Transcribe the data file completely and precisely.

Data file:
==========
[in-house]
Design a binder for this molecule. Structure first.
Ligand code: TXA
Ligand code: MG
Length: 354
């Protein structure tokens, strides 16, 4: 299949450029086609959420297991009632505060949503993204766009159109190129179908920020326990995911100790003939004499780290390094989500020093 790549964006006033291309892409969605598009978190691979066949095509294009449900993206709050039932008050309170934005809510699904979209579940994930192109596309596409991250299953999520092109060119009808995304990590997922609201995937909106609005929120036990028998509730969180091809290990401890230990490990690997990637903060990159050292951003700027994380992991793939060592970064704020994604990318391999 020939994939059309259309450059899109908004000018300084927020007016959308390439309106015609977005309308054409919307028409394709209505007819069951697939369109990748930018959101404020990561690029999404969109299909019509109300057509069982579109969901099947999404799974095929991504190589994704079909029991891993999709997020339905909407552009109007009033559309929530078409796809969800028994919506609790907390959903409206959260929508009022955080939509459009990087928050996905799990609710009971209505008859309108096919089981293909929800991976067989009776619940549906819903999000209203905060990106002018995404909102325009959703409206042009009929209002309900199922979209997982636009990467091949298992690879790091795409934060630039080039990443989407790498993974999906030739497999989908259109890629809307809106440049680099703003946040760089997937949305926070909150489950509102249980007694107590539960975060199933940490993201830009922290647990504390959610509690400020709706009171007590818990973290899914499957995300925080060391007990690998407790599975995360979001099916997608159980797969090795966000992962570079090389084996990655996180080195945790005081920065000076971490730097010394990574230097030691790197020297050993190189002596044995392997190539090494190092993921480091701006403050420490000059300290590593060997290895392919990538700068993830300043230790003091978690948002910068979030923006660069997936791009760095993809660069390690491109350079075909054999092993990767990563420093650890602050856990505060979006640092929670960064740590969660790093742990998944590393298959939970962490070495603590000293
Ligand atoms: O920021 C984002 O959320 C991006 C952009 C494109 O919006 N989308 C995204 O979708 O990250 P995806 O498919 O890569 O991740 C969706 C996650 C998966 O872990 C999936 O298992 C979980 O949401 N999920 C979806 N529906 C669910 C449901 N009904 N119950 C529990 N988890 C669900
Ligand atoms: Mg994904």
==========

[in-house]
Design a binder for this molecule. Structure first.
Ligand code: TXA
Ligand code: MG
Length: 354
């Protein structure tokens, strides 16, 4: 299949450029086609959420297991009632505060949503993204766009159109190129179908920020326990995911100790003939004499780290390094989500020093 790549964006006033291309892409969605598009978190691979066949095509294009449900993206709050039932008050309170934005809510699904979209579940994930192109596309596409991250299953999520092109060119009808995304990590997922609201995937909106609005929120036990028998509730969180091809290990401890230990490990690997990637903060990159050292951003700027994380992991793939060592970064704020994604990318391999 020939994939059309259309450059899109908004000018300084927020007016959308390439309106015609977005309308054409919307028409394709209505007819069951697939369109990748930018959101404020990561690029999404969109299909019509109300057509069982579109969901099947999404799974095929991504190589994704079909029991891993999709997020339905909407552009109007009033559309929530078409796809969800028994919506609790907390959903409206959260929508009022955080939509459009990087928050996905799990609710009971209505008859309108096919089981293909929800991976067989009776619940549906819903999000209203905060990106002018995404909102325009959703409206042009009929209002309900199922979209997982636009990467091949298992690879790091795409934060630039080039990443989407790498993974999906030739497999989908259109890629809307809106440049680099703003946040760089997937949305926070909150489950509102249980007694107590539960975060199933940490993201830009922290647990504390959610509690400020709706009171007590818990973290899914499957995300925080060391007990690998407790599975995360979001099916997608159980797969090795966000992962570079090389084996990655996180080195945790005081920065000076971490730097010394990574230097030691790197020297050993190189002596044995392997190539090494190092993921480091701006403050420490000059300290590593060997290895392919990538700068993830300043230790003091978690948002910068979030923006660069997936791009760095993809660069390690491109350079075909054999092993990767990563420093650890602050856990505060979006640092929670960064740590969660790093742990998944590393298959939970962490070495603590000293
Ligand atoms: O920021 C984002 O959320 C991006 C952009 C494109 O919006 N989308 C995204 O979708 O990250 P995806 O498919 O890569 O991740 C969706 C996650 C998966 O872990 C999936 O298992 C979980 O949401 N999920 C979806 N529906 C669910 C449901 N009904 N119950 C529990 N988890 C669900
Ligand atoms: Mg994904």